We could forgo Hymns for Sinkholes. The big advantage in playing Sinkholes over Hymns is this makes our deck a natural home for Timetwister. Timetwister not only will burn our opponent for seven damage per Dreams in play, but they may not be able to capitalize on their fresh hand of seven cards due to lack of available lands in play. This seems to be the most high risk-high reward combination, as to get the most value you must have several pieces in play, but is possibly the most powerful as this year’s Noobcon 9 winner can attest.

Finally we can choose to play both Hymn and Sinkhole. This is probably the most controlling option. There isn’t a great synergy here besides Hymn being able to take lands out of their hand, but this pair combined with Specter, Mind Twist, and Strip Mine is the most likely to grind the opponent out of resources over a prolonged game. One benefit I see to dropping your mana curve is you can probably shave a Dark Ritual, which is generally a bad draw mid to late game.

The second Skandha of a successful Necropotence deck is Fast, Powerful Offense. We need look no further than the Juzam Djinn and Hypnotic Specter. With two of the three best creatures in 93/94 at our disposal and the Dark Rituals to power them out as early as turn 1, we are not hurting for firepower. Some other good options include Black Knight, Order of the Ebon Hand, both Serendibs, and Sengir Vampire. Be aware however that a larger contingent of creatures will eat into your allowance for disruptive spells, and the blue Djinns and Efreets have their own drawbacks and tax our manabase further.

Mid to Late Game Threat Neutralization is fufilled by Nevinyrral’s Disk, just like the lists in ’95 and ’96. While we lack Serrated Arrows and Contagion, we do have access to Terror, Pestilence, and Icy Manipulator. These cards are best regulated to the side board as they all suffer serious drawbacks in certain matchups, but I wouldn’t even consider them until I’ve already found space for three to four Disks in the 75.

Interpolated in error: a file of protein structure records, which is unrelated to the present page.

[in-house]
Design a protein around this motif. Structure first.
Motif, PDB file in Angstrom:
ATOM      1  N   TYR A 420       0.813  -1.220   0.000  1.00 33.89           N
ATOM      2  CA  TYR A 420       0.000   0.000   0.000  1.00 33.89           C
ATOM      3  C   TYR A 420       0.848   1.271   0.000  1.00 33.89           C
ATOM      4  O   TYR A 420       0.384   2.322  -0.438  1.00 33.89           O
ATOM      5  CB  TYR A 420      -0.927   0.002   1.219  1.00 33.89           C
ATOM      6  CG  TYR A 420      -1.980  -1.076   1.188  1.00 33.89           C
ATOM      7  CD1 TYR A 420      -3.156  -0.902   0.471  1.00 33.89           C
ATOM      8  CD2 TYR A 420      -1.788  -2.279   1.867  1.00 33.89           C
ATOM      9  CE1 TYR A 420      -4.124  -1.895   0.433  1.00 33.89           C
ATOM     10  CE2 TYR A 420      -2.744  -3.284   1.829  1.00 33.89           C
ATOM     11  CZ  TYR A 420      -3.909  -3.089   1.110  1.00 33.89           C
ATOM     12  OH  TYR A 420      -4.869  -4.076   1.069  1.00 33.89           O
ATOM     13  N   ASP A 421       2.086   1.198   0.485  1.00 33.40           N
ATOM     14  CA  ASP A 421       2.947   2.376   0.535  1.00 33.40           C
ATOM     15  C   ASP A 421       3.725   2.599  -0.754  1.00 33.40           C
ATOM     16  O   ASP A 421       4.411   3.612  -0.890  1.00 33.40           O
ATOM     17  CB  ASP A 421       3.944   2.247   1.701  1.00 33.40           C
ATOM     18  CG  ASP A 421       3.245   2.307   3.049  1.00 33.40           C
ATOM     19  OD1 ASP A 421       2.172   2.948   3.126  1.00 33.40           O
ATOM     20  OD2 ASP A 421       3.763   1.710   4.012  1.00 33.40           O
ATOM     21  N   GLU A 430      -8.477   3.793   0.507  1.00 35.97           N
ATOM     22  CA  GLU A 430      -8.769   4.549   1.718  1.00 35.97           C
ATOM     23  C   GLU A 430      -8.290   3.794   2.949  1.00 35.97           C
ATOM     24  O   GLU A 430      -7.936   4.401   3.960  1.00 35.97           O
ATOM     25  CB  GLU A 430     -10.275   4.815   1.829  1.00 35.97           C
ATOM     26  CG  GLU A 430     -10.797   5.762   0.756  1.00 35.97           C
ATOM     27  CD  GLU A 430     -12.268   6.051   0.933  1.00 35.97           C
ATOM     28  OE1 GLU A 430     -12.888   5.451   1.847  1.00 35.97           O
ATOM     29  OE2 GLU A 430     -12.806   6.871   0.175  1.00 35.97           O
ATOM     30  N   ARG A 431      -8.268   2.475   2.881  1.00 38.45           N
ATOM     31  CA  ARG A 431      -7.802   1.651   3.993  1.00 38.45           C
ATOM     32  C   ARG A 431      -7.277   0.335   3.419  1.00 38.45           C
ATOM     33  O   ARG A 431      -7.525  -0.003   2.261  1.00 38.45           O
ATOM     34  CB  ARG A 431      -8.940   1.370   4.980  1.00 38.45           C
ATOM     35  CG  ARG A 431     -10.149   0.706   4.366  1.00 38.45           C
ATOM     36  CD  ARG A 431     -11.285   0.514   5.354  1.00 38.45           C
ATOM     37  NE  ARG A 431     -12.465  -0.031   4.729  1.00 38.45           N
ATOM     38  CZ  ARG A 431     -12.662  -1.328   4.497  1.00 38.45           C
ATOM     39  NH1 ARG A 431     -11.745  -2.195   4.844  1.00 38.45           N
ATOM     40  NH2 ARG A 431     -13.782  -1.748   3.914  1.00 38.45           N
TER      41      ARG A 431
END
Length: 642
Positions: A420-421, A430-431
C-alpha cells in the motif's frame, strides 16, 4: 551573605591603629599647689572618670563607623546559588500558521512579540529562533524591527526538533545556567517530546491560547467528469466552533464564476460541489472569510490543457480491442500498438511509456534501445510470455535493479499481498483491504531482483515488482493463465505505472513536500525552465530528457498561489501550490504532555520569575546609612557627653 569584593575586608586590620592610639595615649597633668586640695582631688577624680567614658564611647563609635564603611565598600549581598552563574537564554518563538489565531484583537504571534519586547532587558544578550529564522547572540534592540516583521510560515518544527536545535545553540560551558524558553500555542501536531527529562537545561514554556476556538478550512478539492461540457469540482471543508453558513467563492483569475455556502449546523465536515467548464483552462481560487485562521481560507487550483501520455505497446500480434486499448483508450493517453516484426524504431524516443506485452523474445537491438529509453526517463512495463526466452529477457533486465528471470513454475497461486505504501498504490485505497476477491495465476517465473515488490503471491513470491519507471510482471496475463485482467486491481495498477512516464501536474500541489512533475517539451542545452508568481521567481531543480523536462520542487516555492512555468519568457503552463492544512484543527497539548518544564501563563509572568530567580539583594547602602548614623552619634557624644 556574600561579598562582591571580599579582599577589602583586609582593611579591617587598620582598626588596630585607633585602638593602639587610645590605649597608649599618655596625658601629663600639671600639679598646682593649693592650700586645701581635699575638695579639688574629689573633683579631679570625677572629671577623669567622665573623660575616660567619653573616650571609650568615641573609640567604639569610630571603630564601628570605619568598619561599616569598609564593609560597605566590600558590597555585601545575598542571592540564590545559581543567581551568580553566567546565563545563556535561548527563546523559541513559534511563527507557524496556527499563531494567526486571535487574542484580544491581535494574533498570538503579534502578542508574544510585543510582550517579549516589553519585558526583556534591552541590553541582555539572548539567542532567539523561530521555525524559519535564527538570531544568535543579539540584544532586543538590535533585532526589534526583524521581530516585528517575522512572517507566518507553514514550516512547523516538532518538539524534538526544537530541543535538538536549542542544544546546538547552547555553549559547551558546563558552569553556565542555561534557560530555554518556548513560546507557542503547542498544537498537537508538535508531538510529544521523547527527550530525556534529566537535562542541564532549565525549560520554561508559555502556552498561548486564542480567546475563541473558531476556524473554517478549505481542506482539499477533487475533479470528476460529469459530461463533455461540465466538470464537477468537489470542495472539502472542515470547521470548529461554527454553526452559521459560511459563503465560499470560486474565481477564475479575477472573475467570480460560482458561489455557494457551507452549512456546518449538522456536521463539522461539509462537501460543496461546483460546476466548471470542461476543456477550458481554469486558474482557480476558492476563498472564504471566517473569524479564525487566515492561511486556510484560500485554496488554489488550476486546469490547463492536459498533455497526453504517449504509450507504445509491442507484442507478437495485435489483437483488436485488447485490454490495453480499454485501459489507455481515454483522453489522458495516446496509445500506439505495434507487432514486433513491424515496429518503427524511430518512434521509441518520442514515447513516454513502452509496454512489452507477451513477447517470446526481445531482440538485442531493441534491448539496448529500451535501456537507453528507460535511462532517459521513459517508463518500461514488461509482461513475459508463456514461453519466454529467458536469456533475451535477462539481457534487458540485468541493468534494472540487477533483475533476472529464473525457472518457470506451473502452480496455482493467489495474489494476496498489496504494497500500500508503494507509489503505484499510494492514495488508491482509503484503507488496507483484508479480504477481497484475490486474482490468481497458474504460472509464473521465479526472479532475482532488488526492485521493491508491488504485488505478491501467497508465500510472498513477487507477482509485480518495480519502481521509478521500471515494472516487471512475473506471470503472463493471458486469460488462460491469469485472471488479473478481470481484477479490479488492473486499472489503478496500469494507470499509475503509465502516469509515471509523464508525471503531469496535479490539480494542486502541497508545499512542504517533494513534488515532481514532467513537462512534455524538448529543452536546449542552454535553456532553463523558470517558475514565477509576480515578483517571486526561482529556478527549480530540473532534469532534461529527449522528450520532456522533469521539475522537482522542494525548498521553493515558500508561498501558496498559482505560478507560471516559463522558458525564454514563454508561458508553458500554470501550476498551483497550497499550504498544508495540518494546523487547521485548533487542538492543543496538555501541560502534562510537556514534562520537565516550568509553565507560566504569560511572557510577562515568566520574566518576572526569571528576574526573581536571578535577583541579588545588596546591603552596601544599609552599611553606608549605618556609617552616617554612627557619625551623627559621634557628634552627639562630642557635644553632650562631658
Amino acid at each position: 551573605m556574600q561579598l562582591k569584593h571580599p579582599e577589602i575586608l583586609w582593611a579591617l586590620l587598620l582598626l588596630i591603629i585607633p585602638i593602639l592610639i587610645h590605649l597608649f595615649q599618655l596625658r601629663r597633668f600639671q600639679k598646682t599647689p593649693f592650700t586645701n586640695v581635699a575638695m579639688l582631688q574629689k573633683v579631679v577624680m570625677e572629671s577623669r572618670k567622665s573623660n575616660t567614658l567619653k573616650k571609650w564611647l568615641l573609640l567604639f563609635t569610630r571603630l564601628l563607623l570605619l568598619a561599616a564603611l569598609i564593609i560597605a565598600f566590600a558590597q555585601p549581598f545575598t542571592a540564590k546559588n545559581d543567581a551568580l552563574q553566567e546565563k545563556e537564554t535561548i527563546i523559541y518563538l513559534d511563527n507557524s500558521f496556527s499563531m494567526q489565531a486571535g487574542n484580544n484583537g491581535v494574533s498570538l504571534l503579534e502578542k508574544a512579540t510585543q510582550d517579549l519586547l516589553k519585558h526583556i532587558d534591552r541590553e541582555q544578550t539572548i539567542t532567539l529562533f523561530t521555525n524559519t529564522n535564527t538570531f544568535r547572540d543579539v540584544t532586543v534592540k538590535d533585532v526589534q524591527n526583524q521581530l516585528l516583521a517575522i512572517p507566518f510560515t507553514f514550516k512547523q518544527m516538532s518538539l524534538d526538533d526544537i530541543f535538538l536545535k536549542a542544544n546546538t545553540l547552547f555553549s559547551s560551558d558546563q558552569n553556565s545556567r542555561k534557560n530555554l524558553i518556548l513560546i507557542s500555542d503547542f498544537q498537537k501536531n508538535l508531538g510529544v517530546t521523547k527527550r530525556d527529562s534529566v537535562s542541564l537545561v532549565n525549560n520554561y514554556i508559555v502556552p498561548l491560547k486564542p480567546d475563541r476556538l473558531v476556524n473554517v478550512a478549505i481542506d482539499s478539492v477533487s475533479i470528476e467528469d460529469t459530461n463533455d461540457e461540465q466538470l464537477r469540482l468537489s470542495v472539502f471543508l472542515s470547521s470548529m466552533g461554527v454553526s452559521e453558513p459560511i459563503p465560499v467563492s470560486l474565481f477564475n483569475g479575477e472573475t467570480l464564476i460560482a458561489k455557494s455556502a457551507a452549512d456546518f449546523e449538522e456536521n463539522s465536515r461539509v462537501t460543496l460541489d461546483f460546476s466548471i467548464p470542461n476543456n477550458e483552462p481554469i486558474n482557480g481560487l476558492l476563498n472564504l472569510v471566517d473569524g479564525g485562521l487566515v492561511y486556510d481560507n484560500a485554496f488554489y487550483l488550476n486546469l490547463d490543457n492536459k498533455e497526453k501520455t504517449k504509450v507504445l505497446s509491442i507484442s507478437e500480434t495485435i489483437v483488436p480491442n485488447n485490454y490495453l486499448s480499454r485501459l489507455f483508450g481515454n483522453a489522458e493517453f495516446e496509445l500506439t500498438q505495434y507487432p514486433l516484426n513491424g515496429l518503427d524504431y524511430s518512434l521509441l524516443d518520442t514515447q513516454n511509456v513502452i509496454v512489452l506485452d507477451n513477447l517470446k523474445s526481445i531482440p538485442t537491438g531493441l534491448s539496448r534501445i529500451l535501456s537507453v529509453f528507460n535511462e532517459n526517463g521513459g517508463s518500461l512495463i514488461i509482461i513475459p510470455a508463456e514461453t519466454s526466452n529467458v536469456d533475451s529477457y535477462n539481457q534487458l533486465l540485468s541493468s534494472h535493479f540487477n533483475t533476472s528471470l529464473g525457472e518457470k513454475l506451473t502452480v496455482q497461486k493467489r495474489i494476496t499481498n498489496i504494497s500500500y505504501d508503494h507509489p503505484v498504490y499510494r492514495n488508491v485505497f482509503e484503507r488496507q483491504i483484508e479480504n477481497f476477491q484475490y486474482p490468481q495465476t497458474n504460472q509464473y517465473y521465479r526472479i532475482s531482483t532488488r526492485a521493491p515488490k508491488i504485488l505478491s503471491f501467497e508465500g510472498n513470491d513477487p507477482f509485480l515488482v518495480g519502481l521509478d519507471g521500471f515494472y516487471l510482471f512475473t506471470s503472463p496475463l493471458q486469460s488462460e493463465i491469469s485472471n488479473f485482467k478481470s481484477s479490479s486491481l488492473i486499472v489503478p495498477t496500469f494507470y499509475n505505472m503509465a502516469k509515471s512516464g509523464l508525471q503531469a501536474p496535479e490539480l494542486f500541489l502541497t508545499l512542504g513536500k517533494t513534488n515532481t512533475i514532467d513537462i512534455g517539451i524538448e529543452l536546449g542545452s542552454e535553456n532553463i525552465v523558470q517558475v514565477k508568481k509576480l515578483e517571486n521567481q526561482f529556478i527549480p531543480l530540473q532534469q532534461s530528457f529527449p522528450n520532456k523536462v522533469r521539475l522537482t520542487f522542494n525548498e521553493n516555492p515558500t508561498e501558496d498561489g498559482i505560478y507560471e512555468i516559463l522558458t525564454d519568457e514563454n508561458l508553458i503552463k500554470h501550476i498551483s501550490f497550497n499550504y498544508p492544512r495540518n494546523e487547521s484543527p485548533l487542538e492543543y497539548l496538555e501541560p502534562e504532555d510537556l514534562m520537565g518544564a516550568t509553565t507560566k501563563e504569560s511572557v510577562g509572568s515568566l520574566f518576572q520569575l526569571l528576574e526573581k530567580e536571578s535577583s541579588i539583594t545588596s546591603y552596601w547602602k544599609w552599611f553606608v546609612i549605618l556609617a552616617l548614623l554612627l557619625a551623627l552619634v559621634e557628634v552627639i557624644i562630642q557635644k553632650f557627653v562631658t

Life-Gain, the fourth Skandha, is much harder to fufill in 93/94 than in the Necro decks of later years. Of course, since we don’t have access to Necro itself this isn’t quite as important, although as we are splashing for Blue we will suffer additional damage from City of Brass. Nothing can substitute for the powerful Zuran Orb, and I’m not sure it’s worth playing Ivory Tower without the Skull to keep your hand filled. Three or four Drain Lives may be enough for our purposes, with or without a Mirror Universe.

And last we have Card Draw. Any Control deck needs an engine to keep turning fresh cards. Unable to access the namesake card, Necropotence itself, we will have to settle for the much weaker Greed or perhaps Jayemdae Tome. These cards are much, much slower. However we gain some powerful spells of our own over the Type 2 players from the Black Summer, cards like Library of Alexandria, Ancestral Recall, Braingeyser, Time Walk, and Timetwister.

While digging deep into the first hand accounts of Type 1 players I discovered some interesting sideboard technology. UB decks lack a variety of answers to opponent’s Enchantments and Artifacts. Generally a few Energy Flux in the side board and that’s it. But with access to three or four Disks this seems a bit redundant. I saw some Type 1 players having success with the compact sideboard package of Hurkyl’s Recall and Nether Void. Hurkyl’s can bounce all the opponent’s artifacts back to their hand then Specter or Hymn can force a discard. Following up a Hurkyl’s with Void can tax their ability to replay their moxes and considerably slow down their redevelopment. This also gives us an additional out to The Abyss and a way to defend our own artifacts if need be. I am pleased, both aesthetically and strategically, to adopt two Hurkyl’s and a Nether Void over the mundane Energy Flux.

Of course Guardian Beast gets a nod here for the incredible synergy with both Chaos Orb and Nevinyrral’s Disk.

Its easy for the philosopher, the dreamer, to dround in the excesses of the mind. The poetry of knowledge spun and weaved makes a most efficent web that can entangle our motivation to act.

I believe we have exausted the limits of the dichotomy between theory and practice. It is time to pick up the sword.

I almost never mulligan, prefering to leave my chances to fate. A hand of powerful cards without mana to cast them.

Control Magic turned a powerful adversary into a valuable attacker.

Another game where Control Magic cleared the way for Hypnotic Specter.

An experimental pile

– alionamongstmen